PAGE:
A century old craft is adding a splash of colour to churches across East Anglia

Instead of admiring the vaulted ceiling next time you visit church, why not take a closer look at something closer to the ground.Church kneelers, for centuries used in prayer and confession, are sometimes overlooked but they are always unique.

Sitting undisturbed on pews or altar steps, these practical works of art are decorative as well as divine.

For the past 10 years husband and wife Laurence and Ruth Clarke have been spreading the word in Southwold on the Suffolk coast, but now they are calling for volunteers across Norfolk and Suffolk to help create national register of original church kneelers.

People with a passion for craft, an interest in photography or a love of their local church are ideal for the job. All they need to do is take a photographic record of the kneelers in their parish church.

There is already a catalogue of more than 4,000 kneelers online at www.parishkneelers.co.uk but with 450 churches in Suffolk alone - and no record of kneelers in Norfolk at all - Mr and Mrs Clarke need all the help they can get.

'We started making kneelers in about 1997 as part of a Millennium project,' said Mr Clarke, who has attended St Edmund's Church in Southwold since moving to the area almost 20 years ago.

'Local societies and organisations were all involved, making kneelers with their own designs. We had a principal that nothing would be turned away so we did have some rather funny things turn up.'

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Today there are more than 100 kneelers inside St Edmund's, Southwold's picturesque 15th century parish church.

They record the history of the parish over centuries and remember members of the congregation who have recently died. Many include images of local activities and occupations, of charities supported, of wildlife, of notable local views, or of architectural details from their church. There are designs representing Southwold's harbour, lighthouse and pier, kneelers handmade by local Brownies and Guides, and a whole row especially commissioned by Southwold Town Council.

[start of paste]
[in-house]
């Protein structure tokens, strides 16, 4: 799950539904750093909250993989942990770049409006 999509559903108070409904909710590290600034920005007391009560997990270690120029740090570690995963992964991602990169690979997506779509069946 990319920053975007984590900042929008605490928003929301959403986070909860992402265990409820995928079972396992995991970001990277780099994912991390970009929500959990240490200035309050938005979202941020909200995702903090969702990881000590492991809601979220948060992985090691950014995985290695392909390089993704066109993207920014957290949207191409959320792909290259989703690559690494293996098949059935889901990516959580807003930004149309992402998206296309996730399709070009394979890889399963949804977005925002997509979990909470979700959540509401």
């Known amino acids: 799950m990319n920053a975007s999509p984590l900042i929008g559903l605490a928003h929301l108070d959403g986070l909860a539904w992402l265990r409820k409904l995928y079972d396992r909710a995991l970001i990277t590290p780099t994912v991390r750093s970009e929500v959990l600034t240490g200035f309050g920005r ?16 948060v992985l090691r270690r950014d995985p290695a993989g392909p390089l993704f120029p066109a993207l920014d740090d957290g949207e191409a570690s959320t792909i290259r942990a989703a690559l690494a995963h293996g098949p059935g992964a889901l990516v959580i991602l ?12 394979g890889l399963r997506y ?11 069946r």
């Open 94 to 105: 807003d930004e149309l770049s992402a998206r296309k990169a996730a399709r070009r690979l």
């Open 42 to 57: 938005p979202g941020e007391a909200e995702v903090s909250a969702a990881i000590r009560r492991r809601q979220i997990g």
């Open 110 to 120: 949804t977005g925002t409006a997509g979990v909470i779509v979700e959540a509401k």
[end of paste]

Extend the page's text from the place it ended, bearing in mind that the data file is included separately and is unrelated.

'When we first came here we thought it was a lovely church, what a shame about these dull kneelers,' said Mrs Clarke.

'They were horrid plastic things.

'We started with basic designs, but different societies would add their own logos or symbols. We were adamant we didn't want to spend all our time fund-raising so each kneeler was sponsored by either organisations or by individuals in memory of someone.'

'The millions of individual stitches contributed by congregations up and down the country have produced a literally monumental snapshot of parish and community life at the time,' added Mr Clarke.

The couple did not stop with St Edmund's and, as well making brand new altar kneelers for the Lady Chapel last year, have been touring Suffolk, recording parish kneelers.

They have so far contributed more than 600 images to the website, which was founded by Elizabeth Bingham, widow of the former Senior Law Lord, Lord Bingham of Cornhill.

'In thousands of churches across the country, virtually unnoticed and scarcely recorded, a vigorous movement of folk art has been taking place for decades,' said Mrs Bingham.

'Church kneelers, designed and made by local people, make up a vast library of information about the interests of innumerable parishes.'

An avid creator of kneelers for her parish church in Boughrood, near Brecon, Mrs Bingham initially created the website to encourage congregations to design their own kneelers, giving detailed descriptions of how to design and make kneelers together with lists of suppliers.

She soon realised that the best stimulus to imagination was to see what similar parishes had achieved. Inspired by A Picture Book for Kneeler Makers, compiled by the V&A museum and published in 1984, she began writing round to rectors and vicars to engage their help. This is how she met Mr and Mrs Clarke and the process of recording kneelers took off.

• To find out more about the project or volunteering in your area visit www.parishkneelers.co.uk and go to the Contact Us page.

• PICTURE GALLERY - see the top right corner of this page for a gallery of kneeler photos